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Barry Bonds Joins The Babe At 60
Courtesy: Sun Devil Athletics
Release: 09/06/2001
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Courtesy: Sun Devil Athletics
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Sept 6, 2001

By ANNE M. PETERSON
AP Sports Writer

SAN FRANCISCO (AP) - Barry Bonds became the fifth player in baseball history to hit 60 home runs in a season, connecting in the second inning of San Francisco's game against Arizona on Thursday.

Bonds got the milestone homer off Albie Lopez on a 2-2 count, and the sellout crowd at Pacific Bell Park jumped up as it sailed over the right-field wall. Jeff Kent, waiting on deck, shook hands with a smiling Bonds as he crossed home plate.

As the crowd chanted "Barry! Barry!" Bonds made a curtain call and tipped his cap.

Bonds had never hit more than 49 homers in a season before this season. He joined Babe Ruth (60 in 1927), Roger Maris (61 in 1961), Mark McGwire (70 in 1998, 65 in 1999) and Sammy Sosa (66 in 1998, 63 in 1999).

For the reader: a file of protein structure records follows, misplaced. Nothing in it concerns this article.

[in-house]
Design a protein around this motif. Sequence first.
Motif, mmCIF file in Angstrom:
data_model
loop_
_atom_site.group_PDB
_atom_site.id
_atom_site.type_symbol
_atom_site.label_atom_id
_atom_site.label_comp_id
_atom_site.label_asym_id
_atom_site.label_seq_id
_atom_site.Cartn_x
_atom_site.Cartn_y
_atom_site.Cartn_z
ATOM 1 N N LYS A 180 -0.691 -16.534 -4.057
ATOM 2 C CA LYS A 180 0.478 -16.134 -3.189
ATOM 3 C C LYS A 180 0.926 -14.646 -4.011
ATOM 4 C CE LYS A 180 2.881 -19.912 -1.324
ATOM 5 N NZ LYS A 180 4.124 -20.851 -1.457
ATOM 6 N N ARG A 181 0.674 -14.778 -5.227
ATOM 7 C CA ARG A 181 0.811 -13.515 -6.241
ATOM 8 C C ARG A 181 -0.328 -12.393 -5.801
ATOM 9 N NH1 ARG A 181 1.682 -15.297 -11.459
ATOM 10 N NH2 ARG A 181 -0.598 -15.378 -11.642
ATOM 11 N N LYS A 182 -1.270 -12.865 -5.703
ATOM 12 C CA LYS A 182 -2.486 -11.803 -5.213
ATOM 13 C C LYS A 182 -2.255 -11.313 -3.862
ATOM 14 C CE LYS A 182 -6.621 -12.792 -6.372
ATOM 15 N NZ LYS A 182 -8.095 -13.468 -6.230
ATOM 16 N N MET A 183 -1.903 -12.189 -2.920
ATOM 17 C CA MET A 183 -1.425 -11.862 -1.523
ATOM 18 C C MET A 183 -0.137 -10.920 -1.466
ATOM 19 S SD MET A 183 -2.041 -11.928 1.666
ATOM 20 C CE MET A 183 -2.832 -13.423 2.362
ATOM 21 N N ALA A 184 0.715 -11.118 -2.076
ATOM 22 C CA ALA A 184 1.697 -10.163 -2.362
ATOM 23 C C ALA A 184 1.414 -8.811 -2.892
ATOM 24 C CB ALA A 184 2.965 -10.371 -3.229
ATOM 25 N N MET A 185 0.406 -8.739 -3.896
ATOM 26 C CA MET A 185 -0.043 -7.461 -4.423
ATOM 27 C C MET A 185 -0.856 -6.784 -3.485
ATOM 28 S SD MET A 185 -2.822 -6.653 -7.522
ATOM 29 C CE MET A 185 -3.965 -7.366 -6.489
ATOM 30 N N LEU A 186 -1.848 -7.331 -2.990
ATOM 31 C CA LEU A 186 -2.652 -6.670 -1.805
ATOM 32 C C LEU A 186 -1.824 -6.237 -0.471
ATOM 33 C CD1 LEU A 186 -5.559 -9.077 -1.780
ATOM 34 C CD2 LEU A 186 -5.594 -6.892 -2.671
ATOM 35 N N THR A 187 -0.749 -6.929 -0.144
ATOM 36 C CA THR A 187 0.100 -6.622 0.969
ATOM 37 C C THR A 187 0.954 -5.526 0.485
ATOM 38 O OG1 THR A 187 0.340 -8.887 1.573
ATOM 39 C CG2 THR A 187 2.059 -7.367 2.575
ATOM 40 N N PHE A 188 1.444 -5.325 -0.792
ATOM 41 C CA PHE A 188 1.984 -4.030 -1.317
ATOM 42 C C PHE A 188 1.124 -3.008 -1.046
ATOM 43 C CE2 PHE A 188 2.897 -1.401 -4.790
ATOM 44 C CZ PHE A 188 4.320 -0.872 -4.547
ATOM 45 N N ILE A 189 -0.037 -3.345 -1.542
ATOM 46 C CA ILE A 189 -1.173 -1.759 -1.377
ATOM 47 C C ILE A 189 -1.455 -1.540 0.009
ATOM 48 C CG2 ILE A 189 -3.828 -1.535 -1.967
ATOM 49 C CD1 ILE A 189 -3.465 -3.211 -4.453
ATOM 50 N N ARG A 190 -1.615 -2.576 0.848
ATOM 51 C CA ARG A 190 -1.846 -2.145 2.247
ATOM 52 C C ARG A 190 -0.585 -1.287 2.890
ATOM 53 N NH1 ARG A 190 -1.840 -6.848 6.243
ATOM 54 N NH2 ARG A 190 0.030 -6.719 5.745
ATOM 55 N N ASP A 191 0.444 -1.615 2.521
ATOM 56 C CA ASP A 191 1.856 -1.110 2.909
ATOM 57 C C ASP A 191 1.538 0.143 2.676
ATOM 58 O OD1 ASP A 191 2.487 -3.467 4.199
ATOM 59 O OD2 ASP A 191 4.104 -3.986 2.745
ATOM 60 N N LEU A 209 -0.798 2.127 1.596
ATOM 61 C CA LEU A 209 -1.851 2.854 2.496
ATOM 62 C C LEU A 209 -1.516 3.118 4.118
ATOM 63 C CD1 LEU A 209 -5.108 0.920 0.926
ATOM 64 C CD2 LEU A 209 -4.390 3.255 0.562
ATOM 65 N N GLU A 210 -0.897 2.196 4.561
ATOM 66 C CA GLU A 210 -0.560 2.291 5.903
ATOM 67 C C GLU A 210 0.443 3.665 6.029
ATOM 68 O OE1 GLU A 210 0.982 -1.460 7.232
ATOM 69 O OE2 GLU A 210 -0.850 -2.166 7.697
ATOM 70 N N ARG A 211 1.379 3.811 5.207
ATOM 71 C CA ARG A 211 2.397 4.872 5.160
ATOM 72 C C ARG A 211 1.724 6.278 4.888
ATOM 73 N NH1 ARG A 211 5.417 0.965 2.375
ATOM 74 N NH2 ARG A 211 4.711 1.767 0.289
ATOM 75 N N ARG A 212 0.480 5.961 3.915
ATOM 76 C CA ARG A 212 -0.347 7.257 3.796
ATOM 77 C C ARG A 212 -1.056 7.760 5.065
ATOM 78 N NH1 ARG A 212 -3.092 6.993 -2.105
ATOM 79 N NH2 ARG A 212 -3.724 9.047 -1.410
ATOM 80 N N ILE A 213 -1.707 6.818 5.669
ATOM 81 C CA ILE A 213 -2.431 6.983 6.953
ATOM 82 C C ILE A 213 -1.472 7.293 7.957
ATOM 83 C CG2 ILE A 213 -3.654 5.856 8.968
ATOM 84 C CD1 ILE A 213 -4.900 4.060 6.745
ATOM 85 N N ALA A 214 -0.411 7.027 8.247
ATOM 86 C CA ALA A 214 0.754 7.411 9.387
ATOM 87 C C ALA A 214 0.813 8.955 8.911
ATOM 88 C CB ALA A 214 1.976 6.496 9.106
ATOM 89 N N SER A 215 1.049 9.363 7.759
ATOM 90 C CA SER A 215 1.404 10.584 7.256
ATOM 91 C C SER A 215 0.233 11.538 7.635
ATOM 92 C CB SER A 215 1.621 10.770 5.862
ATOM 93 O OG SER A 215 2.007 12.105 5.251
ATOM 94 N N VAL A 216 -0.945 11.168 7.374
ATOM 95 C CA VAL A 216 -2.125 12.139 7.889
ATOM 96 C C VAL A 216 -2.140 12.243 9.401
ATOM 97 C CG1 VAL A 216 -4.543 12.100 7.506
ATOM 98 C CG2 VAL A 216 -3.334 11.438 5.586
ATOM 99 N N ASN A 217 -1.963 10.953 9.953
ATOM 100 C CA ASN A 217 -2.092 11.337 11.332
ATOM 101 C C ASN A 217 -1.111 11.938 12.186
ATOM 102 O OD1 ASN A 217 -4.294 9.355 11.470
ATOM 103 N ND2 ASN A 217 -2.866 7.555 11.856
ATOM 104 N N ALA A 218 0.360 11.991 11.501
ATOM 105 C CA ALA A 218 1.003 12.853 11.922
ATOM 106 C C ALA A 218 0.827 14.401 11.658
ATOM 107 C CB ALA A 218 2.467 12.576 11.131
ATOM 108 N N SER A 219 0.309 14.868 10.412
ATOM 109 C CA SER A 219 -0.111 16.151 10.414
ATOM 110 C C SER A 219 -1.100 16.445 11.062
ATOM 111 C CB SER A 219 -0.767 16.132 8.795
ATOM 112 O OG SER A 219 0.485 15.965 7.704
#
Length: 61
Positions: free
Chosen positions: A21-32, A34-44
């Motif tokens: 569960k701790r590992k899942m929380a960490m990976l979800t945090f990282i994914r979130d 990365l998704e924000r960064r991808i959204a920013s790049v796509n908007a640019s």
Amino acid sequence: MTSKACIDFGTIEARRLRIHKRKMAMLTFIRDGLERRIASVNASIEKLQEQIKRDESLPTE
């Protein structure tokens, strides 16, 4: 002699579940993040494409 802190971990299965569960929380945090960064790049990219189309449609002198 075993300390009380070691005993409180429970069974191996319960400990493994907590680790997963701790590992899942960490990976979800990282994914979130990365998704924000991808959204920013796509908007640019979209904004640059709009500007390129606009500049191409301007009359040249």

Bonds hit his 60th homer in the Giants' 141st game, reaching the mark faster than the other four sluggers. McGwire, the previous fastest to 60, needed 142 games in 1998, the year he set the record with 70 home runs in a season.

Bonds, at 37 years and 44 days, is the oldest player to reach No. 60. He also did it in the fewest at-bats: Thursday's homer came on his 411th at-bat this season. McGwire was five days shy of his 36th birthday in 1998, and he needed 439 at-bats.

Bonds has 554 career homers, nine behind Reggie Jackson for seventh place on baseball's career list.



Bonds looks skyward after crossing home plate with his 60th homerun of the season.

Bonds hit No. 58 on Monday against Colorado and got his 59th on Tuesday against Arizona's Miguel Batista.

Ever since Ruth hit 60 to break his own record for the third time, the number has held almost mythical significance among baseball players and fans. Maris' duel with Mickey Mantle in 1961 ended with Maris' record-breaking 61 homers in a summer that captivated the nation.

All eyes were focused on the longball again in 1998, when McGwire and Sosa dueled through the entire summer when McGwire finished with 70.

Bonds needs 11 homers in the Giants' final 22 games to establish a new mark.

Unlike McGwire, who admitted to feeling the pressure of the race and being mindful of the history he was making, Bonds has tried to play down his season.

"I've hit 30 or 40 homers throughout my career," he said Tuesday night. "It's been pretty much consistent. This year, I've just hit a few more."

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